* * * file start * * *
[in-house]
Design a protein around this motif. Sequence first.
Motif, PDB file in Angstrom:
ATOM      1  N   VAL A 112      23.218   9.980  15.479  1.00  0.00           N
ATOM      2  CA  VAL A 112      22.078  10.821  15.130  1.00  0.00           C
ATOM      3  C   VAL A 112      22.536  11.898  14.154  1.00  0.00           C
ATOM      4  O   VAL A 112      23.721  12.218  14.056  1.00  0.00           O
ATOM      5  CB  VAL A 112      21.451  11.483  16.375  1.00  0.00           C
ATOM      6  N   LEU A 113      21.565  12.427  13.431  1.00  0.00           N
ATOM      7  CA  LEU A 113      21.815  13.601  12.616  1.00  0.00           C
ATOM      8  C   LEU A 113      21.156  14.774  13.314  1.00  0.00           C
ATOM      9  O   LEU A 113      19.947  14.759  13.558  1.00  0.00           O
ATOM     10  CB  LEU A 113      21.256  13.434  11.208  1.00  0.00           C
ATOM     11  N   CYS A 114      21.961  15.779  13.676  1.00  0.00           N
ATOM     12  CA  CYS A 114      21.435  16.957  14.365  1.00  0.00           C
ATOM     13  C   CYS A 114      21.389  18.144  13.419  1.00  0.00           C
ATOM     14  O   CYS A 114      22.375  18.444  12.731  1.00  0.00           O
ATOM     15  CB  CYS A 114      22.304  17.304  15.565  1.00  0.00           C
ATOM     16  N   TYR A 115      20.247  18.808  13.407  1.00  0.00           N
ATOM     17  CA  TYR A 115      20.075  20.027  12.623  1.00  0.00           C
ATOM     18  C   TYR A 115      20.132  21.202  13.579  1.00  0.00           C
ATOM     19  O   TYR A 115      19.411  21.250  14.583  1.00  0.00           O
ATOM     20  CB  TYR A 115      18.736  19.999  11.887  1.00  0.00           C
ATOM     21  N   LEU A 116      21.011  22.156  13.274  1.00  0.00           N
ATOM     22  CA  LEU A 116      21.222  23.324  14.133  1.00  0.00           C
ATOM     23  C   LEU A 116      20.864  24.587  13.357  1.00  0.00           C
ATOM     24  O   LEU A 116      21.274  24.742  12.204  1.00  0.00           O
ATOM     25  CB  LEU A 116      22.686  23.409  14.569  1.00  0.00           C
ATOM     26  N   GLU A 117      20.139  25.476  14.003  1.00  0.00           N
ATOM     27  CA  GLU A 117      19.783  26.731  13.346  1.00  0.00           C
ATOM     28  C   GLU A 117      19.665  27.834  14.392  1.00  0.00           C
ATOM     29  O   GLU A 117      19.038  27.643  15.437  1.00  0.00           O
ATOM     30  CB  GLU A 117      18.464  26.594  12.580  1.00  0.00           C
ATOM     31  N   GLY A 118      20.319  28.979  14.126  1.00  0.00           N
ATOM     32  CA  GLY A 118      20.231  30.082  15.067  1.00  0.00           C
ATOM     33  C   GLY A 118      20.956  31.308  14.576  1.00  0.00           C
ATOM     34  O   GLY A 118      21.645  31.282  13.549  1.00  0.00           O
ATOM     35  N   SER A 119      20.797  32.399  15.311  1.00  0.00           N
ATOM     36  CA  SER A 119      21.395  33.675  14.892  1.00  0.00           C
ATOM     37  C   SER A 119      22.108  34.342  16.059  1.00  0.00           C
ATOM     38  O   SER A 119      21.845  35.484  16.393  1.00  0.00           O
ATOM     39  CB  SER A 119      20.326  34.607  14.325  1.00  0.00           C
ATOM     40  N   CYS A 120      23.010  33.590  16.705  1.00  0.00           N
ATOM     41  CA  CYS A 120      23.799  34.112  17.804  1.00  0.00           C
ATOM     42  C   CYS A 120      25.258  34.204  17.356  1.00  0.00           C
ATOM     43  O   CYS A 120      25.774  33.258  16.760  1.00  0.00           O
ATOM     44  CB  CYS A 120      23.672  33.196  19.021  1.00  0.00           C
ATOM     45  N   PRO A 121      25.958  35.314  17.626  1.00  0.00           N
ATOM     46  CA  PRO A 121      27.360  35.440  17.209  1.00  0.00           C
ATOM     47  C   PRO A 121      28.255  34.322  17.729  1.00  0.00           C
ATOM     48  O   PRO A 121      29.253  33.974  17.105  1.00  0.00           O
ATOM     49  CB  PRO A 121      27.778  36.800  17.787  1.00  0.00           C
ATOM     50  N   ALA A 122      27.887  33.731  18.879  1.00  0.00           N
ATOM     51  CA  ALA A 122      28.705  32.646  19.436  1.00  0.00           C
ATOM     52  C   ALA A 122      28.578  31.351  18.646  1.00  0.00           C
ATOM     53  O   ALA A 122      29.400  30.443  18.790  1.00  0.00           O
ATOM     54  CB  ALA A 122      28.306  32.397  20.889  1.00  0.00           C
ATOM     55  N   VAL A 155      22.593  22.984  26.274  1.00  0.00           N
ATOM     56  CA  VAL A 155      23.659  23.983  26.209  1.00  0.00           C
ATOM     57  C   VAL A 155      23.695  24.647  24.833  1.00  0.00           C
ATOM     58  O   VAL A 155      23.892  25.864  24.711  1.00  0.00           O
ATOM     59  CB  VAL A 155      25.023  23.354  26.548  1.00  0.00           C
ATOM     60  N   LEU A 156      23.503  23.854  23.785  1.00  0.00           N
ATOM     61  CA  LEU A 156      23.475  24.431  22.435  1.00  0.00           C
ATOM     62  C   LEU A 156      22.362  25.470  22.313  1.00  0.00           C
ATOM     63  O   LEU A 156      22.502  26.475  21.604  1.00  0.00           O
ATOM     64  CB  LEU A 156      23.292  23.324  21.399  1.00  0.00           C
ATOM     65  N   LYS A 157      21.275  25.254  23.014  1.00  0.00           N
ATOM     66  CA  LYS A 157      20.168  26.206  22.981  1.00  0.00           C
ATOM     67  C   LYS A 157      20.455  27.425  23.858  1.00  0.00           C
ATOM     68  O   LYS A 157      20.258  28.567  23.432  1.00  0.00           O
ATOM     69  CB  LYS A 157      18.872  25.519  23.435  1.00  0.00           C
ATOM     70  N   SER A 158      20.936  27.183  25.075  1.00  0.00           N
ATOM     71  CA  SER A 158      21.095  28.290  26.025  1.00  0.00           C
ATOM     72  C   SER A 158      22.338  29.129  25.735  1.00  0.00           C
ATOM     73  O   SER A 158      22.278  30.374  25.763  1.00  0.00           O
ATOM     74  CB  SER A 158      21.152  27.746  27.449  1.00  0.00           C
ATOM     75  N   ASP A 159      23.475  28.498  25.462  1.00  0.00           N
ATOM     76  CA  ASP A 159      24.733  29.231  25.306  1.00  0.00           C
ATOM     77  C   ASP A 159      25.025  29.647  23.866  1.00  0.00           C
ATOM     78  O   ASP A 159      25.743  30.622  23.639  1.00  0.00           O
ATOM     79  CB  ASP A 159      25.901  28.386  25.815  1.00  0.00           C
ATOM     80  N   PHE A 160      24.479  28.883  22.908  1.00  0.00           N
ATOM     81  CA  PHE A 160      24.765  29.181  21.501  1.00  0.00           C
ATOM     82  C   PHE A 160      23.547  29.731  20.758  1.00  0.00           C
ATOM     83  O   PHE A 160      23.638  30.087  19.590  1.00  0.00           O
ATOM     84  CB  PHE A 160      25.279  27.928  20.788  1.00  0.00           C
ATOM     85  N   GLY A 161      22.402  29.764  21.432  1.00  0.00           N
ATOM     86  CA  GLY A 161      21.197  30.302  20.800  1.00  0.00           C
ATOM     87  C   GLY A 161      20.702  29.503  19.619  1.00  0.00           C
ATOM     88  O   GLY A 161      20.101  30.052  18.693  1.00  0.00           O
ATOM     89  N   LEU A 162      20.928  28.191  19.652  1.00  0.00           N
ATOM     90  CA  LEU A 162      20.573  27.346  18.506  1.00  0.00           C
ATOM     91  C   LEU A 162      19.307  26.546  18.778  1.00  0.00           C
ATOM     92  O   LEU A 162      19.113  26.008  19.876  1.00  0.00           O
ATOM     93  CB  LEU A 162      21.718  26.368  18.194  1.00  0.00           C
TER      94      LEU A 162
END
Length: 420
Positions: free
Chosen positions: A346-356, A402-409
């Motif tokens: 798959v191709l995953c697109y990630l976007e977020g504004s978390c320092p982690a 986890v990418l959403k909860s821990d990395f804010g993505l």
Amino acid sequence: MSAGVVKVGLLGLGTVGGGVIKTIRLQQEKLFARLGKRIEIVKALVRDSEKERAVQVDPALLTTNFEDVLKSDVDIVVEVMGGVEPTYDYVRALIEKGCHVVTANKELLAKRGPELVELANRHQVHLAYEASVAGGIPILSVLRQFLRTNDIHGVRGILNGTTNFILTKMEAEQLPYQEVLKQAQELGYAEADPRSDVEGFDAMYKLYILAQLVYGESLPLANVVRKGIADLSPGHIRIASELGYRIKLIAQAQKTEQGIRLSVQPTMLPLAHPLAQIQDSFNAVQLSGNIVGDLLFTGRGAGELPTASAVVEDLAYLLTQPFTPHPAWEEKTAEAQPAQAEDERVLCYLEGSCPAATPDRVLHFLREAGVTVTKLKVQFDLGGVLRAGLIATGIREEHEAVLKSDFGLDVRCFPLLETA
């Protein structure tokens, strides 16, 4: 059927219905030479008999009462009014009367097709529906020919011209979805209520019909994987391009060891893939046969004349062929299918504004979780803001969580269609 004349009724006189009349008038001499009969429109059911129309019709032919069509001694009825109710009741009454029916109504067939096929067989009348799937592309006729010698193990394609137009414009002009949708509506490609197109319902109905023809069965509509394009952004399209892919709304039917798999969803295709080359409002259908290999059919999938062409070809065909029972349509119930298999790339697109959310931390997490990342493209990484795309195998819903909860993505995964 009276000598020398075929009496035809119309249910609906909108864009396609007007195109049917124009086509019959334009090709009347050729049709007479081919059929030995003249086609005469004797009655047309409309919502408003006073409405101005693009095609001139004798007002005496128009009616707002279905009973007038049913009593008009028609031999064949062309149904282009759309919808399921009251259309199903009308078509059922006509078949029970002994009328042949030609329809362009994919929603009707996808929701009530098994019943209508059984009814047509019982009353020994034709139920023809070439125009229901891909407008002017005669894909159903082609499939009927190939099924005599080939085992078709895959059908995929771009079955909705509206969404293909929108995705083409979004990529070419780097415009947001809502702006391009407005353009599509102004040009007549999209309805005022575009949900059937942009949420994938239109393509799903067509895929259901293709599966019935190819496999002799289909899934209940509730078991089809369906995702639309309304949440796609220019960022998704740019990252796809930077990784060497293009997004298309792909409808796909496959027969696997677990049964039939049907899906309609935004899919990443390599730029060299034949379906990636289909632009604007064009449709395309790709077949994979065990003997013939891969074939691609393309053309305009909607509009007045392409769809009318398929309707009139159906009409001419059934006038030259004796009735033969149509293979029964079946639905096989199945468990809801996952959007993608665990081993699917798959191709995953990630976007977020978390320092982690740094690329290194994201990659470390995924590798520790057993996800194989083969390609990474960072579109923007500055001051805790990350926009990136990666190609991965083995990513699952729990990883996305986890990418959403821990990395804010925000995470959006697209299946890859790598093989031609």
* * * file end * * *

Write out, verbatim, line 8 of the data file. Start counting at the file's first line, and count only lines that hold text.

ATOM      5  CB  VAL A 112      21.451  11.483  16.375  1.00  0.00           C